SodaStream's stock closed above $40 yesterday.

That's the first time that investors have seen that in nearly three months, which coincidentally is when the NFL season was just getting started.

Why is that gridiron reference relevant? Well, SodaStream is announcing this morning that it will advertise in February's Super Bowl XLVII.


The move makes sense. The NFL championship is the most watched televised event of the year, and it's probably the only time that advertisements collectively draw attention.

The ad won't come cheap. Last year's Super Bowl commanded an average rate of $3.5 million for a 30-second commercial, and CBS is reportedly eyeing a base rate of $4 million for the Feb. 3 game. SodaStream spending more or less than that will largely depend on when the ad airs within the broadcast.

It's a smart move for SodaStream. The beverage system maker introduced its first global television commercial last month, and a revised version of the spot will be what airs during the big game.

The SodaStream Effect ad with its environmental message turned heads when U.K. regulators refused to air the commercial, arguing that it is denigrating to traditional soda companies. It's probably the tamest of the banned commercials you will ever see, but having hundreds of plastic bottles explode whenever a SodaStream fizzes up still water was apparently too hardcore for the censors across the pond.

The free publicity has helped generate even more interest in the ad, and the clip itself has now logged more than 1.2 million views on YouTube.

For a consumer-facing company with a revolutionary product, there is no stage better than the Super Bowl to make your point. The only thing that could make this any better would be a little controversy, so let's stir that up. Coca-Cola and PepsiCo are major Super Bowl advertisers through their namesake soda lines. PepsiCo's Doritos is always good for a few spots every year.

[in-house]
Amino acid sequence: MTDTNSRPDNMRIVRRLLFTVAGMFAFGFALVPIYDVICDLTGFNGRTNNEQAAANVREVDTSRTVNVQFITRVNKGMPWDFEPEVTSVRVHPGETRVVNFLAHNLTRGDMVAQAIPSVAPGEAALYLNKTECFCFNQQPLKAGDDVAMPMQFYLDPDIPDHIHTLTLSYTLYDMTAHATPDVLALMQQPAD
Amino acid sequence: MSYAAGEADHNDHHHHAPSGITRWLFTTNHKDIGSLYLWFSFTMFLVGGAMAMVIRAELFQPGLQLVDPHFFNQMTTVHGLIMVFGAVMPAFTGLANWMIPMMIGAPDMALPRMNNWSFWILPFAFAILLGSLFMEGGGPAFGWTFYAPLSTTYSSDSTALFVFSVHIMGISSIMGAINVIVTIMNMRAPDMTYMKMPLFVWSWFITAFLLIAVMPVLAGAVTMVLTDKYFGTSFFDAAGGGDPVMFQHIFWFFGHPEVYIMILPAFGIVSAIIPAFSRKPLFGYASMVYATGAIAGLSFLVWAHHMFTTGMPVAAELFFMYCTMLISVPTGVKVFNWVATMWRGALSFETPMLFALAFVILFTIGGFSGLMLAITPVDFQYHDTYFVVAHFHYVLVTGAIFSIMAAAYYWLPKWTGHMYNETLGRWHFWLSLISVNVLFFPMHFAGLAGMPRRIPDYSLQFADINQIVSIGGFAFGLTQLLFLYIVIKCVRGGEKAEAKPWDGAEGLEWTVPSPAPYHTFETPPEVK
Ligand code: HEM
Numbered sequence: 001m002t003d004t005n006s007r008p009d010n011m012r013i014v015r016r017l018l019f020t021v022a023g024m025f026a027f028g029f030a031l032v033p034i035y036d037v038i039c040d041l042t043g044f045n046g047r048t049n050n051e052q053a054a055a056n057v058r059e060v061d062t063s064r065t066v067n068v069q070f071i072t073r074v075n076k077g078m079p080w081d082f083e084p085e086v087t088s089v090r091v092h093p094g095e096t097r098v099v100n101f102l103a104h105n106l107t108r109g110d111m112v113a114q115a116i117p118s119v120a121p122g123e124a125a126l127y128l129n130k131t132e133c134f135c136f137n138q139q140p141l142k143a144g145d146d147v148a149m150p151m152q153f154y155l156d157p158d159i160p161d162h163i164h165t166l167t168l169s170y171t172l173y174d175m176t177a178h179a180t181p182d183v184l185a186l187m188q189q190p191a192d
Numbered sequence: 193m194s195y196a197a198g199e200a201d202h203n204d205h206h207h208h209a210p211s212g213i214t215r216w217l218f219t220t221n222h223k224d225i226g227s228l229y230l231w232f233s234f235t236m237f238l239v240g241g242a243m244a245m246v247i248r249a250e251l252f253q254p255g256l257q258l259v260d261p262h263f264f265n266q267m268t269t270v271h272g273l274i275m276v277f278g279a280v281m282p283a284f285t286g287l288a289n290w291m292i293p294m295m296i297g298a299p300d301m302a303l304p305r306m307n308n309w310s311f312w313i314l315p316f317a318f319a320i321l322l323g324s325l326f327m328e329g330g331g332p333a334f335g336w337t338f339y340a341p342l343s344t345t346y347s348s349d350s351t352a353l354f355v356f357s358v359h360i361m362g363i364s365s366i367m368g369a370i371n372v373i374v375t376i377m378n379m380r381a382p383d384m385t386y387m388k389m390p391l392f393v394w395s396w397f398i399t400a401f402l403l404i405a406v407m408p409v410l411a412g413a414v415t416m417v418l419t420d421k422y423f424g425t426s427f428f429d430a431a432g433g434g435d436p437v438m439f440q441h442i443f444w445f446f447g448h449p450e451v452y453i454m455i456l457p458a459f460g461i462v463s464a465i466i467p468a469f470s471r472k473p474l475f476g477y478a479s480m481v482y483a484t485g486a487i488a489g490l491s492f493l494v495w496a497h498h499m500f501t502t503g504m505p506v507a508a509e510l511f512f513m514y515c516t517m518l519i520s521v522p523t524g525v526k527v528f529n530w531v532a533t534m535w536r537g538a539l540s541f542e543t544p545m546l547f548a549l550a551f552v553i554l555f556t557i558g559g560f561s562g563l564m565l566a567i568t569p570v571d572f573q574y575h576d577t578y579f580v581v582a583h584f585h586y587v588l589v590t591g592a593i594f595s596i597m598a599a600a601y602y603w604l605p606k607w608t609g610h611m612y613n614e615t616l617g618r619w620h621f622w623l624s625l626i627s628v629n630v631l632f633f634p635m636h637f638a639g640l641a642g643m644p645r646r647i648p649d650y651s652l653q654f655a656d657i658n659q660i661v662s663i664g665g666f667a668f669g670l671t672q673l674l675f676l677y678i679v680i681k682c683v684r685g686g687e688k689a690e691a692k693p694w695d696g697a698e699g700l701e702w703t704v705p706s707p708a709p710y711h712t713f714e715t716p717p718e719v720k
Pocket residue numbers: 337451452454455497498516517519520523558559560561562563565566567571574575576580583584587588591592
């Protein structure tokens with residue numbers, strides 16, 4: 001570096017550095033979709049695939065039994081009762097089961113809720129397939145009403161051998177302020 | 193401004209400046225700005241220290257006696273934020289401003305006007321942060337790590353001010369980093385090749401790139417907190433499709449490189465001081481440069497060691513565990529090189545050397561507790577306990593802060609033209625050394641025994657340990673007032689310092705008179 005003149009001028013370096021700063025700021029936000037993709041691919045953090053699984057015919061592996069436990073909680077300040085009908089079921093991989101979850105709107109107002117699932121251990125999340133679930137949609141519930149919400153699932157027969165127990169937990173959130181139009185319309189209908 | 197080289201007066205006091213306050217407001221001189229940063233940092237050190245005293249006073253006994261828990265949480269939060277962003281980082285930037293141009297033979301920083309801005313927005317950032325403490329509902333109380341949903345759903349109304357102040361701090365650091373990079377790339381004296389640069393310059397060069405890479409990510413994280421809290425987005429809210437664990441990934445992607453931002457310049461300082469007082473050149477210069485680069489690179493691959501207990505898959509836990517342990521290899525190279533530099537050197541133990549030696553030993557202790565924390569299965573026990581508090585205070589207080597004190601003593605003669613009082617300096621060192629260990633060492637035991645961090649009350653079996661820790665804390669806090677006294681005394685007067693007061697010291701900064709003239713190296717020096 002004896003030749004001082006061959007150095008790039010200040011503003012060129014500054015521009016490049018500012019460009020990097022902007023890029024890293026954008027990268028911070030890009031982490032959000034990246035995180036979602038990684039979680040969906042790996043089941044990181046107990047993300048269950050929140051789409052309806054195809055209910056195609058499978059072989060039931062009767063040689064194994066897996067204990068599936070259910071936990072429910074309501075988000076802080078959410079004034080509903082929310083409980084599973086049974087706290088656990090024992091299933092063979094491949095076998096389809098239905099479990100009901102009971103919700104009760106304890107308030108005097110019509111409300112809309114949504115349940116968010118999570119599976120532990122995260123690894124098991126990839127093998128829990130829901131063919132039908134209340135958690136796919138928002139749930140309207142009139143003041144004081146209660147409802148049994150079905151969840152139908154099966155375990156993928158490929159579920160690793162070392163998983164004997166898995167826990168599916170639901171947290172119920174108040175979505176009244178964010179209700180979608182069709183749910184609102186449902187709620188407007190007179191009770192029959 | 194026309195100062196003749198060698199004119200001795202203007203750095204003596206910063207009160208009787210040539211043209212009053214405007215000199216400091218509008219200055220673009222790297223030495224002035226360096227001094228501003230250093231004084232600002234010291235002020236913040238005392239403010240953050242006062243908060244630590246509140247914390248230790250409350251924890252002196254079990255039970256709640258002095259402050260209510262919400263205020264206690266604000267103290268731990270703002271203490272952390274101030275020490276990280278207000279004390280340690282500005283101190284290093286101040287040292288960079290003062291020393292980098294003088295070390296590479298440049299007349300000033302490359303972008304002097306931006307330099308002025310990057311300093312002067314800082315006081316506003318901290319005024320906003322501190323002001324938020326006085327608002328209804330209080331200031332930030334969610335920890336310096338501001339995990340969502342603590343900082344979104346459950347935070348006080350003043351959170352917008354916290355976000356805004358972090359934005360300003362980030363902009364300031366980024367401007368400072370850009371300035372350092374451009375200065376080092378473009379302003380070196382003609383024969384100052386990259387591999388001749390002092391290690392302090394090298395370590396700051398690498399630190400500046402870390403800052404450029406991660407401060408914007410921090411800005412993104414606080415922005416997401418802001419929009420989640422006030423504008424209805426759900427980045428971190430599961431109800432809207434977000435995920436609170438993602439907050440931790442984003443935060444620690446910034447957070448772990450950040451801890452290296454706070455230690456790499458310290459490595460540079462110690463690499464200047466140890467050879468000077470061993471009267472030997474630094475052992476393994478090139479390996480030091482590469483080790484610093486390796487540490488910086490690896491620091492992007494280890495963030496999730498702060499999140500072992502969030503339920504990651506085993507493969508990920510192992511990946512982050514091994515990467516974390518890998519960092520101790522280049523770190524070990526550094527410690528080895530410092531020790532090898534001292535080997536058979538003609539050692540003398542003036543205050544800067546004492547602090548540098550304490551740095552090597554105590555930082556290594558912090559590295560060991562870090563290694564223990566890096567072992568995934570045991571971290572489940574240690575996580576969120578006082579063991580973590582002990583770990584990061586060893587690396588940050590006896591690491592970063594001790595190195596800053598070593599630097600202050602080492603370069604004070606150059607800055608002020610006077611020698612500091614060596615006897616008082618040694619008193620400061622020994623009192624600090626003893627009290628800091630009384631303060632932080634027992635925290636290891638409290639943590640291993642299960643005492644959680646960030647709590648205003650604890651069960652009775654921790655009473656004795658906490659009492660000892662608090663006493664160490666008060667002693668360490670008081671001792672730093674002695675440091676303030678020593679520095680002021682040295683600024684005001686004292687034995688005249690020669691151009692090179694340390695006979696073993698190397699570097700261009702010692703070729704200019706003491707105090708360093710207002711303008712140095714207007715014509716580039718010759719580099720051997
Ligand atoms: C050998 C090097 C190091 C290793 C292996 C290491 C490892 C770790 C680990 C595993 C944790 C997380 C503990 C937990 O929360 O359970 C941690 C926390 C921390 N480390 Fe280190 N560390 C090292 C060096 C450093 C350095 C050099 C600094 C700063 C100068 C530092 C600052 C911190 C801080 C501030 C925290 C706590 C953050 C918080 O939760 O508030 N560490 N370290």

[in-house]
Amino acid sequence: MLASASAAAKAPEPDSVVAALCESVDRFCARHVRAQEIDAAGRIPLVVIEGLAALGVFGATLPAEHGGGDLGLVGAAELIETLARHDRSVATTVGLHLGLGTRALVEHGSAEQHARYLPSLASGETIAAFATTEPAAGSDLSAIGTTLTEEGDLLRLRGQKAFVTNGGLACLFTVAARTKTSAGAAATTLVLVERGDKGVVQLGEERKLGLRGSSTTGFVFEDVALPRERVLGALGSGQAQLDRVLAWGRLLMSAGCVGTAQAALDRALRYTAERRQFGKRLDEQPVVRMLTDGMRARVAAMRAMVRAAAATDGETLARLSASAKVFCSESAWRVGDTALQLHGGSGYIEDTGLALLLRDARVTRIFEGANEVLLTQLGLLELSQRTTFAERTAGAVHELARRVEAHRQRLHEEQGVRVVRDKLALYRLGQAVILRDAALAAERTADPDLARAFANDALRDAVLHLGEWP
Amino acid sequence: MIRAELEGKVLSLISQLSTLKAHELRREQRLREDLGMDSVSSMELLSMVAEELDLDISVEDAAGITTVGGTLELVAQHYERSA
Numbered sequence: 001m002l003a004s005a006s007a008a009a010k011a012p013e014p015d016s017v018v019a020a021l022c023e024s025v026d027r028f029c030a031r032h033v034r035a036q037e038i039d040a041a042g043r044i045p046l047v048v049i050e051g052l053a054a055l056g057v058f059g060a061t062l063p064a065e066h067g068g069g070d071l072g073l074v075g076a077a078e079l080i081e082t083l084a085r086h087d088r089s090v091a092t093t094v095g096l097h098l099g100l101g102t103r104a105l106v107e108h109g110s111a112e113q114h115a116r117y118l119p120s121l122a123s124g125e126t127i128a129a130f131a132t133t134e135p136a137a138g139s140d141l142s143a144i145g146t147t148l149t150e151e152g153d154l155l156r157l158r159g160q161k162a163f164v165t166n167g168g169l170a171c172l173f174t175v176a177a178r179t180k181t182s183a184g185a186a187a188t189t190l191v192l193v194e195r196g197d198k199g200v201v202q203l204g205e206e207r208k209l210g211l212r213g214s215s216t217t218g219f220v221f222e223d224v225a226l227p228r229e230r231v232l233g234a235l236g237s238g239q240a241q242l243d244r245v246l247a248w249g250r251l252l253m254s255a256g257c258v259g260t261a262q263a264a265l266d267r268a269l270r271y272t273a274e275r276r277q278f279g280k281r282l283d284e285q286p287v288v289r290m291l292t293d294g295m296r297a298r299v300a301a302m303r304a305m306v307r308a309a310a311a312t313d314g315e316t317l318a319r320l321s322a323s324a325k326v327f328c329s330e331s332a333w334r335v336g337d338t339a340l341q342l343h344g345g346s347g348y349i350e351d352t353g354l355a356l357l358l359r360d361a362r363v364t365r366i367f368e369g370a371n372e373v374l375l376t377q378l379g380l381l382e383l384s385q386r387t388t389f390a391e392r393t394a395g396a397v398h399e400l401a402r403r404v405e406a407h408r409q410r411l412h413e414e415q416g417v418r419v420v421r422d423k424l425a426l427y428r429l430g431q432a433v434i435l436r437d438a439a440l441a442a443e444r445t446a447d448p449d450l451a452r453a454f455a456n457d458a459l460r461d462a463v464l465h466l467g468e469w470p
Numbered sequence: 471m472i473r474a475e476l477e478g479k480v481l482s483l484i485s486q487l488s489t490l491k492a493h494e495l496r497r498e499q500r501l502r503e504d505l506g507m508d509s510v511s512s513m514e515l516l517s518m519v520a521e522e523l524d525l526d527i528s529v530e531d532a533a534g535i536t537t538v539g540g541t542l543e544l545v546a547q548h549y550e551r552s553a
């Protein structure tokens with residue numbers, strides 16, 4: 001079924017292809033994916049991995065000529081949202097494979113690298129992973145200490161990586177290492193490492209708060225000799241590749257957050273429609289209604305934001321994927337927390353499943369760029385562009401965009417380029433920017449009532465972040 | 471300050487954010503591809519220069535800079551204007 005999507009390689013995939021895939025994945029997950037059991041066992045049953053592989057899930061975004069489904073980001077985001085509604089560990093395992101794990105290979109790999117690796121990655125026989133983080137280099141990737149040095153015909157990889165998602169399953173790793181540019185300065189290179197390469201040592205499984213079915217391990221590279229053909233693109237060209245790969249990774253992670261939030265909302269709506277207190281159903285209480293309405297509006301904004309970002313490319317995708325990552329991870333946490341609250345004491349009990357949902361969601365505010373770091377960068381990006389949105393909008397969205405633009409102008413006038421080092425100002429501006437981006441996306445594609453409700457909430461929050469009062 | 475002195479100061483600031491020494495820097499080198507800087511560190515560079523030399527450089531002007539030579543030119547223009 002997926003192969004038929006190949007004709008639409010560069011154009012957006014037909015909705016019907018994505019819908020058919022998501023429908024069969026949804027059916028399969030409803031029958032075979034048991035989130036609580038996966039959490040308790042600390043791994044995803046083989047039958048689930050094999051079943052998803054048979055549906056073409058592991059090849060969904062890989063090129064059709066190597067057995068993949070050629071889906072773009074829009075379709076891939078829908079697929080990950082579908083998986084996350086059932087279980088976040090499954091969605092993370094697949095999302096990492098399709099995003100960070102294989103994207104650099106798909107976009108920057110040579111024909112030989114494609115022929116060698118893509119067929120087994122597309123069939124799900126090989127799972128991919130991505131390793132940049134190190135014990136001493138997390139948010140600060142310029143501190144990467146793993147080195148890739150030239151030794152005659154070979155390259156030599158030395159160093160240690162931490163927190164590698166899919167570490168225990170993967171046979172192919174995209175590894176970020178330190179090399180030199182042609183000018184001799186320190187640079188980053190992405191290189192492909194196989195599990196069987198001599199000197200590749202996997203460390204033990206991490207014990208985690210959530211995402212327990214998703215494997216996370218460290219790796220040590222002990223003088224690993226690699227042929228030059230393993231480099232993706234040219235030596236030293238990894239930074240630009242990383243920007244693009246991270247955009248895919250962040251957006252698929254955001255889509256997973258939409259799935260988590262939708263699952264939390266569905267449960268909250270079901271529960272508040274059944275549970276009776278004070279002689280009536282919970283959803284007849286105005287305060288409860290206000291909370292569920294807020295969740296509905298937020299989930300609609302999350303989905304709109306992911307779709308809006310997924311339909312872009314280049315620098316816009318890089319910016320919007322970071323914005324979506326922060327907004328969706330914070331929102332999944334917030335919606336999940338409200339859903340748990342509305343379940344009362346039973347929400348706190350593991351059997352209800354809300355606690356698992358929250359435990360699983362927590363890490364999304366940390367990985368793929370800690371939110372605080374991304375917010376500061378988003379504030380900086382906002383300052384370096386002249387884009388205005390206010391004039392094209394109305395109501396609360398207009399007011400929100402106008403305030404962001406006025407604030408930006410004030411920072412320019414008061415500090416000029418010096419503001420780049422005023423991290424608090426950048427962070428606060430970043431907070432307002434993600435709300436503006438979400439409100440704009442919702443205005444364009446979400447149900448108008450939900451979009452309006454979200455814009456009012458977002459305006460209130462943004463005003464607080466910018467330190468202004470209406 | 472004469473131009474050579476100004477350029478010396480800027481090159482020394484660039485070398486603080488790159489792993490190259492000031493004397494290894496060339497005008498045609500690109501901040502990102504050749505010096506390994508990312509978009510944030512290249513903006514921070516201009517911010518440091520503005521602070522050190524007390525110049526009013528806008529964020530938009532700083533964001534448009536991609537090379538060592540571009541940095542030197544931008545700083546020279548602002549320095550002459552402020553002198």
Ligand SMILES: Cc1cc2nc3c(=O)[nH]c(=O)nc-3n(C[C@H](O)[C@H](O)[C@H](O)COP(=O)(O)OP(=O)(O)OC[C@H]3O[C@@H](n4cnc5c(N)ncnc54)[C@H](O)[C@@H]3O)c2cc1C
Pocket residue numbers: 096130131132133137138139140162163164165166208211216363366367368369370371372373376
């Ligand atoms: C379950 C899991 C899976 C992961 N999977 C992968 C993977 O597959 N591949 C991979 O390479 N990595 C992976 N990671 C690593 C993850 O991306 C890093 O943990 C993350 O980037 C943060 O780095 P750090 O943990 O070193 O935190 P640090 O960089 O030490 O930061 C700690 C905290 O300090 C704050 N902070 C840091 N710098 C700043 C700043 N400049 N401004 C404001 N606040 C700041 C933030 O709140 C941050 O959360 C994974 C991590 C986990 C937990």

How are Coca-Cola and PepsiCo going to feel when SodaStream wiggles in with an ad that touches on the environmental waste of consuming soft drinks in sodas or cans? Will they object? Coca-Cola and SodaStream have butted heads before when it comes to SodaStream's marketing tactics.

SodaStream is once again in a sweet win-win position. If the ad airs, the benefits of SodaStream's products will broadcast into nearly 100 million homes on Super Bowl Sunday. If there is any kind of public bellyaching by Coca-Cola or PepsiCo, bullying the tiny SodaStream will generate even more free publicity.

Well played, SodaStream. 

Drink up
SodaStream is blazing as a consumer-facing growth stock, and this razor-and-blade company offers an intriguing opportunity for growth that may be harder to duplicate than you might think. Our premium report on SodaStream explains the opportunities as well as the risks in the company. The report comes with a year's worth of updates, so just click here to get started.

The article SodaStream Has a Trick Play in Its Playbook originally appeared on Fool.com.

Longtime Fool contributor Rick Aristotle Munarriz owns shares of SodaStream. The Motley Fool owns shares of PepsiCo and SodaStream. Motley Fool newsletter services recommend The Coca-Cola Company, PepsiCo, and SodaStream. Try any of our Foolish newsletter services free for 30 days. We Fools may not all hold the same opinions, but we all believe that considering a diverse range of insights makes us better investors. The Motley Fool has a disclosure policy.

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